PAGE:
may draw the conclusion - gathered together (from the highest idea itself) — that obviously for all people this [idea of the good] is the original source [Ur-sache] both of all that is right (in their comportment) and of all that is beautiful" — that is, of that which manifests itself to comportment in such a way as to bring the shining of its visible form to appearance. The highest idea is the origin, i.e., the original source [Ur-sache] of all "things" ["Sachen"] and their thingness [Sachheit]. "The good " grants the appearing of the visible form in which whatever is present has its stability in that which it is. Through this granting, the being is held within being and thus is "saved."

As regards all forms of prudential insight that inform practical activity, it follows from the essence of the highest idea on ὅτι δεῖ ταύτην ἰδεῖν τὸν μέλλοντα ἐμφρόνως πράξειν ἢ ἰδίᾳ ἢ δημοσίᾳ (517 c4/5). "that anyone who is concerned to act with prudential insight, either in personal matters or in public affairs, must have this in view (namely, the idea that, insofar as it is the enabling of the essence of idea, is called the good)." Whoever wants to act and has to act in a world determined by "the ideas" needs, before all else, a view of the ideas. And thus the very essence of παιδεία consists in making the human being free and strong for the clarity and constancy of insight into essence. Now since, according to Plato's own interpretation, the "allegory of the cave" is supposed to provide a concrete image of the essence of παιδεία, it also must recount the ascent to the vision of the highest idea.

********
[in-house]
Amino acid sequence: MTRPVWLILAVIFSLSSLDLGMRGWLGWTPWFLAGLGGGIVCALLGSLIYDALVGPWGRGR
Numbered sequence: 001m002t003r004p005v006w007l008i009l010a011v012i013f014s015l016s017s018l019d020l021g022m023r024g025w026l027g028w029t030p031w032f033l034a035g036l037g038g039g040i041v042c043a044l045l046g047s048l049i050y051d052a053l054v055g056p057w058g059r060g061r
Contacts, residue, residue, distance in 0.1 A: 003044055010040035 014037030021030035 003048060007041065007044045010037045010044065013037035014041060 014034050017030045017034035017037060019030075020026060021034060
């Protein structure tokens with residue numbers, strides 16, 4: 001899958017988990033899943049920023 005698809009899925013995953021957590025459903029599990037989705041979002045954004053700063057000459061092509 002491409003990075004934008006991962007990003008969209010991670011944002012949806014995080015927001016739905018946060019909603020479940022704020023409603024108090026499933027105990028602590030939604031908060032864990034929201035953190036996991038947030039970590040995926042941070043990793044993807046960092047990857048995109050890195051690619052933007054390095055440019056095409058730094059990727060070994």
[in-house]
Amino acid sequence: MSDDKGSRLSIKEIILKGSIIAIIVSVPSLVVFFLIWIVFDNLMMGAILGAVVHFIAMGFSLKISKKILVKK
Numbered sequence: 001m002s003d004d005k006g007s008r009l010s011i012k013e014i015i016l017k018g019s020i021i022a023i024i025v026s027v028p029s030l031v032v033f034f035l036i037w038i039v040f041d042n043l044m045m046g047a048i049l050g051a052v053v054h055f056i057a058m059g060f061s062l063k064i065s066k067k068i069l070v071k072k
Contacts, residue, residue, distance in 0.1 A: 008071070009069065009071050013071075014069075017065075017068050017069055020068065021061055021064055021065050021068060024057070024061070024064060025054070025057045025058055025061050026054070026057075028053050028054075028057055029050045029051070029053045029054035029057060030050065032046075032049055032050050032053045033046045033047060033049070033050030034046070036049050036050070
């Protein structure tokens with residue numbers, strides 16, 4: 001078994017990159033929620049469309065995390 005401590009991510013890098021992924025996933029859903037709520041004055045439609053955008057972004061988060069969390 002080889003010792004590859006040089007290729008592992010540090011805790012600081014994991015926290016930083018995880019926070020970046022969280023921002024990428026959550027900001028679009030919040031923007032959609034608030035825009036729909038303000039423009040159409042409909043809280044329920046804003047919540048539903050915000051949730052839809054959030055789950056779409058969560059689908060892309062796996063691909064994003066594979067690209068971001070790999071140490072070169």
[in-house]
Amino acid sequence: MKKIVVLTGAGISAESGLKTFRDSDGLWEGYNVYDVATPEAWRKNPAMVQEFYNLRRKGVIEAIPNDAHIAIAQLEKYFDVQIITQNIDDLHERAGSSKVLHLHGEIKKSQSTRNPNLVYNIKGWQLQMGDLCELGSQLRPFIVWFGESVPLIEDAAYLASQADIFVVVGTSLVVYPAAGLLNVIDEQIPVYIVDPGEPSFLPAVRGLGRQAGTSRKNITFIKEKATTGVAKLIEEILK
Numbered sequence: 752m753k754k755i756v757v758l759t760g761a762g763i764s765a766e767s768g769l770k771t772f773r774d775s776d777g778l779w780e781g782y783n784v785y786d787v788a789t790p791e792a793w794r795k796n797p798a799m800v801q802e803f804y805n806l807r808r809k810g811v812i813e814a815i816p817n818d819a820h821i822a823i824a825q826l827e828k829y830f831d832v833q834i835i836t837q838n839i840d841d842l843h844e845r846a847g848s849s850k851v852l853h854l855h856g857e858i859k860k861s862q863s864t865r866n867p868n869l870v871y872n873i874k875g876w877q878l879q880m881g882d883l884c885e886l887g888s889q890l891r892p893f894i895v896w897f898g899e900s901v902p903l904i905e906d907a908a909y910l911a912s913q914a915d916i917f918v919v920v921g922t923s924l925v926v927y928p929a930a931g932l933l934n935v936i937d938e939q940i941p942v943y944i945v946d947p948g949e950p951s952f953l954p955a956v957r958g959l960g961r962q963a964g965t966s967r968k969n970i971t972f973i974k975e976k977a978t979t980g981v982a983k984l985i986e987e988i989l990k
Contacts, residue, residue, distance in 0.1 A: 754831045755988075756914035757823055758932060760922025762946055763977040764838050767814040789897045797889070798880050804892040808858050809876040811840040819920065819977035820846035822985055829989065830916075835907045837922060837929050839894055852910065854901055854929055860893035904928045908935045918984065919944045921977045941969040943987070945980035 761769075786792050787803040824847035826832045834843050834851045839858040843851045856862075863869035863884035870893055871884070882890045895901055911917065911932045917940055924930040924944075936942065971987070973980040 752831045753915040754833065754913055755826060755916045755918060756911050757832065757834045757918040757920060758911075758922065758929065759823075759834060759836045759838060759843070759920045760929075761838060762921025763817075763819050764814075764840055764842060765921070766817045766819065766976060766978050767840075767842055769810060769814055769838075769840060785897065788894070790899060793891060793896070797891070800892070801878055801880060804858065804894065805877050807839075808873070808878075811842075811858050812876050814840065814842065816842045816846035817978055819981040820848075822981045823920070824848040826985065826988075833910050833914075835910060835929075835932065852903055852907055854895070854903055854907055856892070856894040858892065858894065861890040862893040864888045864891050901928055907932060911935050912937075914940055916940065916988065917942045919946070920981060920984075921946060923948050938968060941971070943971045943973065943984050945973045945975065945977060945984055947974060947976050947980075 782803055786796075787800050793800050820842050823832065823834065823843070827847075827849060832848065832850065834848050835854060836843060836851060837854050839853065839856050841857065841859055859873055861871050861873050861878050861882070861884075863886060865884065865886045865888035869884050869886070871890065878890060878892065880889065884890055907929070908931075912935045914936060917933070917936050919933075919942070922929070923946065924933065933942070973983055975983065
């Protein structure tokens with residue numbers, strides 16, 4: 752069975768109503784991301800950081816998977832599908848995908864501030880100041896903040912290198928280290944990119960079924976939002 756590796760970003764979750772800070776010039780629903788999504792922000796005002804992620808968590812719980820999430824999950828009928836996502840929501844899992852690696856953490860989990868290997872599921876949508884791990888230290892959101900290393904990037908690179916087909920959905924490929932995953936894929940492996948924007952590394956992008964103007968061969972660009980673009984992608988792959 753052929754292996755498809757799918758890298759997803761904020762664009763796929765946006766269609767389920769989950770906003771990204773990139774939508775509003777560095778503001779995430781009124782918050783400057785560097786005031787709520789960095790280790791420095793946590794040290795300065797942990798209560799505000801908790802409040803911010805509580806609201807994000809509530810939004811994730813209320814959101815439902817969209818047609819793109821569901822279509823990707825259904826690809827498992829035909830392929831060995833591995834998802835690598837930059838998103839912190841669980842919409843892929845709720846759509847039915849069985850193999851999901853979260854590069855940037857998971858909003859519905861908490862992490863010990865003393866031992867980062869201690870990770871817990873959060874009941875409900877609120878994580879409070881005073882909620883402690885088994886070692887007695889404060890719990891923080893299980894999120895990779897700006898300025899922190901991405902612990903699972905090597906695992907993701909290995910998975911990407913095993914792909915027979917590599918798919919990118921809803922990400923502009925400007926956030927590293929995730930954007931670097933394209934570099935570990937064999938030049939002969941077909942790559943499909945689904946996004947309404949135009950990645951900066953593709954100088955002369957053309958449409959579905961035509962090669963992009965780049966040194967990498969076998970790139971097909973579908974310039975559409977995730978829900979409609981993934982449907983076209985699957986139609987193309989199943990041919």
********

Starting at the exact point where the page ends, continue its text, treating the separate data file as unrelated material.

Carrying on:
But is it not the case that the "allegory of the cave" deals specifically with ἀλήθεια? Absolutely not. And yet the fact remains that this "allegory" contains Plato's "doctrine" of truth, for the "allegory" is grounded in the unspoken event whereby ἰδέα gains dominance over ἀλήθεια. The "allegory" puts into images [136 {GA 9: 230}] what Plato says about ἰδέα τοῦ ἀγαθοῦ, namely, that αὐτὴ κυρία ἀλήθειαν καὶ νοῦν παρασχομένη (517 c4), "she herself is mistress in that she bestows unhiddenness (on what shows itself) and at the same time imparts apprehension (of what is unhidden)." Ἀλήθεια comes under the yoke of the ἰδέα. When Plato says of the ἰδέα that she is the mistress that allows unhiddenness, he points to something unsaid, namely, that henceforth the essence of truth does not, as the essence of unbiddenness, unfold from its proper and essential fullness but rather shifts to the essence of the ἰδέα. The essence of truth gives up its fundamental trait of unhiddenness.

If our comportment with beings is always and everywhere a matter of the ἰδεῖν of the ἰδέα, the seeing of the "visible form," then all our efforts must be concentrated above all on making such seeing possible. And that requires the correct vision. Already within the cave, when those who have been liberated tum away from the shadows and tum toward the things,

a First edition, 1947: The ἀγαθόν certainly is an ἰδέα, but no longer present, and therefore hardly visible.


Martin Heidegger (GA 9) Plato's Doctrine of Truth